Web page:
Publications   Leave a comment

Book Chapters & Articles in Refereed Journals

“Jameson, Burke, and the Virus of Suggestion: Between Ideology and Rhetoric.” Henry James Review 36.3 (2015): 280-87. Print. Accepted, forthcoming.

This contribution to the HJR’s special forum on “Jameson and James” uses the example of Henry James’s The Spoils of Poynton to elucidate and comment on critical disagreements that Fredric Jameson and Kenneth Burke famously voiced in the pages of Critical Inquiry — commenting in particular on their respective positions as ideological and rhetorical critics.

ethos“The Cinematic Topos of Disability and the Case of Avatar: A Rhetorical Critique.” Ethos: A Digital Review of Arts, Humanities, and Public Ethics 2.2 (2015): 40-59. Web.

An analysis of how images of disability circulate as rhetorical topoi in Hollywood film. The essay concludes with a specific look at James Cameron’s Avatar.

“Picking Up the Fragments of the 2012 Election: Memes, Topoi, and Political Rhetoric.” Present Tense: A Journal of Rhetoric in Society 5.1 (2015). Web.

An essay on the challenges that Internet memes bring to rhetorical theory and political praxis, focusing specifically on how Mitt Romney’s gaffe “binders full of women” worked as a sort of rhetorical topos.

“The Audiovisual Palimpsest: Rhetoric, Poetics, and Heteroglossia in Mystery Science Theater 3000.” Reading Mystery Science Theater 3000: Critical Approaches. Ed. Shelley S. Rees. Lanham: Scarecrow, 2013. 13-29 [lead chapter]. Print.

A Bakhtinian/rhetorical commentary on the cult classic TV show Mystery Science Theater 3000. As part of an effort to view rhetoric and poetics as more of a mutually constituting continuum than a binary, I discuss how the interplay of voices in MST3K allows certain rhetorical relationships and disallows others.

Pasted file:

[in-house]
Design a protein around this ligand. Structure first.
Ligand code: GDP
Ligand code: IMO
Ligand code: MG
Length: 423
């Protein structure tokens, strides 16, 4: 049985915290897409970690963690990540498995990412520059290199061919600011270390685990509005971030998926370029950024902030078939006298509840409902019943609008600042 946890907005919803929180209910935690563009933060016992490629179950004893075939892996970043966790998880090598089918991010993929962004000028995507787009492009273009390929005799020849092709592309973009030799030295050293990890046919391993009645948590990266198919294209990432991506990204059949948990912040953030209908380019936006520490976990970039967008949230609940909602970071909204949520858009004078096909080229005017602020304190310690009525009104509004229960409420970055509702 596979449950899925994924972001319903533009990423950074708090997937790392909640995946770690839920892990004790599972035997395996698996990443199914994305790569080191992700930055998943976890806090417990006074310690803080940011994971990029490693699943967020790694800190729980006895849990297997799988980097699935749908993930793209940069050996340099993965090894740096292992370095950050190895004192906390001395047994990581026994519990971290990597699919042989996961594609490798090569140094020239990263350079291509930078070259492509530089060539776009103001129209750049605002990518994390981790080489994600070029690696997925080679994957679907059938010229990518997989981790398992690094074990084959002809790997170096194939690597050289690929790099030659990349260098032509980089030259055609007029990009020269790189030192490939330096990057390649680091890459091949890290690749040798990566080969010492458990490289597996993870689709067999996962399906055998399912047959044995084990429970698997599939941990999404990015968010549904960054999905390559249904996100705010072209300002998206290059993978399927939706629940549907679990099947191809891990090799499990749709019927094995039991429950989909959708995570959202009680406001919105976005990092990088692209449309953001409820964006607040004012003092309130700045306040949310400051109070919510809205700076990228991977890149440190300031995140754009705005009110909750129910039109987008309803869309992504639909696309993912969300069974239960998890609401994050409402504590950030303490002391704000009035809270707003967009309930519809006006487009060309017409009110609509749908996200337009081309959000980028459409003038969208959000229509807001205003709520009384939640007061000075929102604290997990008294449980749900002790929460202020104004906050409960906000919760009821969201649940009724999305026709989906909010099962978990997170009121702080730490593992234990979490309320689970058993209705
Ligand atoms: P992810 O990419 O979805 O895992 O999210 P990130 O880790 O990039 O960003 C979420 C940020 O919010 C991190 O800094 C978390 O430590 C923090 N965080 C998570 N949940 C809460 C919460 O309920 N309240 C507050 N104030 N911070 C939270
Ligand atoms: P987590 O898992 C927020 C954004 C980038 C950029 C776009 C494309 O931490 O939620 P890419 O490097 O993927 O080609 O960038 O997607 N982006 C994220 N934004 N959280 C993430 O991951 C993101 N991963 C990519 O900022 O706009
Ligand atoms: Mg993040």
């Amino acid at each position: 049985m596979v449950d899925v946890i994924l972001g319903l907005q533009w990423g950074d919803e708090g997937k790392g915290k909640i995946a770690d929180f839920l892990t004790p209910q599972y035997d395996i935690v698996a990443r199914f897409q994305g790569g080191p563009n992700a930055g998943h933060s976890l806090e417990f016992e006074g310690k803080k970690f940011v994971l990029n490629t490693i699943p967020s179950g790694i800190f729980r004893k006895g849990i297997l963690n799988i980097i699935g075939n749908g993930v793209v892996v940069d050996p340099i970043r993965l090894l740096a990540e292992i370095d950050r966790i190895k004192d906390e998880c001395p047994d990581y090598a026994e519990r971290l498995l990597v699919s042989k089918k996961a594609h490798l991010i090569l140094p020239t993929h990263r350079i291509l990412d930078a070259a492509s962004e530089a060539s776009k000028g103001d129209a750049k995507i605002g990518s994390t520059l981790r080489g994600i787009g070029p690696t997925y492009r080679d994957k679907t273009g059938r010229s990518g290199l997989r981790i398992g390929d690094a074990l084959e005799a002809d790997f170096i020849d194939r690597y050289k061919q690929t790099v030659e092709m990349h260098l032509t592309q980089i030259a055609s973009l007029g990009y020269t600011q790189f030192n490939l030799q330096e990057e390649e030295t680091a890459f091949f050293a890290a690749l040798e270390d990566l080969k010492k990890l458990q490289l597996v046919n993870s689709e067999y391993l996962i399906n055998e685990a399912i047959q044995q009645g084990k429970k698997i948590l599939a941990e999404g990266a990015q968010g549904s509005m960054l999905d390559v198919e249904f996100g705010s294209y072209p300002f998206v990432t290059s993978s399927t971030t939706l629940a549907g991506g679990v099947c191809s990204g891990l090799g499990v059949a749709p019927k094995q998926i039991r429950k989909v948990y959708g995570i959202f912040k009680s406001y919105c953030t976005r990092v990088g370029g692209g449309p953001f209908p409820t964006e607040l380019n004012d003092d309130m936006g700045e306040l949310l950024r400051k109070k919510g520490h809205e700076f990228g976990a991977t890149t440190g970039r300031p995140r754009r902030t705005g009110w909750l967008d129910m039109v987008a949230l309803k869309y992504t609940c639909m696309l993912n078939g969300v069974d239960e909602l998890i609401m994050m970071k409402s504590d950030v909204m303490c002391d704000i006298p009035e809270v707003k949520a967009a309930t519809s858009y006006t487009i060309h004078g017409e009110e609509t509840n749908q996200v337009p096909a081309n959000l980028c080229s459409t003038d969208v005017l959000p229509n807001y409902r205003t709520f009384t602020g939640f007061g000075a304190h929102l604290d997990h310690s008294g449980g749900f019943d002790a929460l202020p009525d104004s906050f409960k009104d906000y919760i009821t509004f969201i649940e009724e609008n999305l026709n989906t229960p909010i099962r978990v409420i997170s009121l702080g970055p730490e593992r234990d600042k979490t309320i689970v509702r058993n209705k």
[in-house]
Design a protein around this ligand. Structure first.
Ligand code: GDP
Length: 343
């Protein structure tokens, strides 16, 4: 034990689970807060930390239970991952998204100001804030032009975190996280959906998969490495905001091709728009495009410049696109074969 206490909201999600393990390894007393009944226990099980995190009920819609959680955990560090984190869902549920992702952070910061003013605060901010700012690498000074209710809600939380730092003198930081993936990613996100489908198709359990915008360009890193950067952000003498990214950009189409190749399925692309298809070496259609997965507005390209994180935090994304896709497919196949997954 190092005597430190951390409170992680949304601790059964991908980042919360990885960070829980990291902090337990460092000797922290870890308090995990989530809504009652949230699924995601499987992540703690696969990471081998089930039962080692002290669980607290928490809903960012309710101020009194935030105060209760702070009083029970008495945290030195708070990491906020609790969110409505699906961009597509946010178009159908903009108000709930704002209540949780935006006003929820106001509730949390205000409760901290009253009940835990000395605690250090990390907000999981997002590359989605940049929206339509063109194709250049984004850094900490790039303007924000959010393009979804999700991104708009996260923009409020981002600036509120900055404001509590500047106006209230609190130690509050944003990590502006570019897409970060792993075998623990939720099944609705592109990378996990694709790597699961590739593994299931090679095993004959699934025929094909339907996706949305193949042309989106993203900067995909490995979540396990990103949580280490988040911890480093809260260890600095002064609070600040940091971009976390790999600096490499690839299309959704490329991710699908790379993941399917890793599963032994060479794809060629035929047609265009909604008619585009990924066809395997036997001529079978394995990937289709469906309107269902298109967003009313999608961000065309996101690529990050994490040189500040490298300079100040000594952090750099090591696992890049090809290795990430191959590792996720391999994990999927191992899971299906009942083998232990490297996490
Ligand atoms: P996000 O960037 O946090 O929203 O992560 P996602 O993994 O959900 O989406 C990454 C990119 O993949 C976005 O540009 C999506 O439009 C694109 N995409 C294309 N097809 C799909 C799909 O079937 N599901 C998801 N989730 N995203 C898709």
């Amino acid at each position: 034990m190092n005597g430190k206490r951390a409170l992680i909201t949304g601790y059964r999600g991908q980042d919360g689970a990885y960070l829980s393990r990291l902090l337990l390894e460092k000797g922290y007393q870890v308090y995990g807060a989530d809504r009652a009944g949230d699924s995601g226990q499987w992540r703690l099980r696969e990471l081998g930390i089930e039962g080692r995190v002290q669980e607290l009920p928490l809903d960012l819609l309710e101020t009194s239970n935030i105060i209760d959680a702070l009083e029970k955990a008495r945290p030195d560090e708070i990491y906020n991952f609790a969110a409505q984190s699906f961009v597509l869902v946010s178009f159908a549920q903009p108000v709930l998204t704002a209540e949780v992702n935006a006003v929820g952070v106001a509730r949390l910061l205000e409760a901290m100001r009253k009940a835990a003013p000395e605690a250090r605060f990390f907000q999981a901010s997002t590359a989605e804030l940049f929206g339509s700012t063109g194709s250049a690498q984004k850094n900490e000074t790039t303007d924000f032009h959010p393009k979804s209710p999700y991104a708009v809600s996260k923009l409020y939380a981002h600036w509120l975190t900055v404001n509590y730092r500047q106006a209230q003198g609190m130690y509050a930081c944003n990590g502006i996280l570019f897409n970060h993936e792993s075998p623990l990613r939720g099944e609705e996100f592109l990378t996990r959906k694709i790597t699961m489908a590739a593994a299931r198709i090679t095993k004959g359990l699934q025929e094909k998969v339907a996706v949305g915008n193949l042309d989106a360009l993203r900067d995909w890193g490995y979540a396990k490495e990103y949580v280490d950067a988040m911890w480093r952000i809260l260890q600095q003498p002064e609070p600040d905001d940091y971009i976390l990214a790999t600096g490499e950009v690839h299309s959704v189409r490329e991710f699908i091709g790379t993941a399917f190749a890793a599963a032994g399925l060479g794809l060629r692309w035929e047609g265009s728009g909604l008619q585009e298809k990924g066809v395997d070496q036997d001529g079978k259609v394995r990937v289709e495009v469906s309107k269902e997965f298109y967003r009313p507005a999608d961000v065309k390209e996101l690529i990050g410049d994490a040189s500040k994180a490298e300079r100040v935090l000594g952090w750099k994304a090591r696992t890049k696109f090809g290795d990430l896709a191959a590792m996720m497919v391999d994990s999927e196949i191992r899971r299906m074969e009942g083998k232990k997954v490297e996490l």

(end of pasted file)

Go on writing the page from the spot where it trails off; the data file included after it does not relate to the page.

Scarecrow Google Books | Goodreads | Amazon }

Wetherbee, Ben, and Stephanie Weaver. “‘You Know the Business and I Know the Chemistry’: The Scientific Ethos of Breaking Bad.” Excursions 4.1 (2013). [17 pp.] Web.

Stephanie Weaver and I wrote this rhetorical commentary on the hit show Breaking Bad in order to explore how “serious” drama fiction can use scientific imagery and discourse for persuasive effect — all while eluding the label of “science fiction.”

“Toward a Polyphonic Model of Student Coauthorship: A Response to Joseph Harris and Julie Lindquist.” JAC 32.3-4 (2012): 743-51. Print.

This response essay invokes Bakhtin’s discourse theory, and elaborates on several of Harris and Lindquist’s ideas (from their pieces in the same issue of JAC), in order to speculate about how students’ voices might receive fuller representation in our research.

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Book Reviews

“The Descent of Evolutionism.” Review of Rhetorical Darwinism: Religion, Evolution, and the Scientific Identity by Thomas M. Lessl. Enculturation 18 (2015). Web.

A short review of Lessl’s 2012 book, highlighting the author’s contributions to rhetorical theory, as well as the book’s implications for scientific advocacy.

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Textbook Contribution

“Progressive Profiteering: The Appeal and Argumentation of Avatar.” Inventing Arguments. By John Mauk and John Metz. 3rd ed. Boston: Wadsworth, 2013. 120-22. Print.

My friend John Mauk commissioned this short essay for the Rhetorical Analysis section of his writing textbook, which is now in its third edition.

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Creative Writing

“Schrödinger’s Wrist Shot” [fiction]. Echo Cognitio Founding ed. (2013): 26-28. Print.

A short work of Midwestern Gothic published in a journal of scholarship and creative writing maintained by students at Oakland University.

“Bogie’s End” [fiction]. Xylem: The University of Michigan Undergraduate Literary Journal 18 (2008): 62-65. Print.

“Casablanca” [poem]. Dunes Review: Literary Journal of Northern Michigan 9.1 (2004). 5. Print.

Posted October 17, 2011 by Ben

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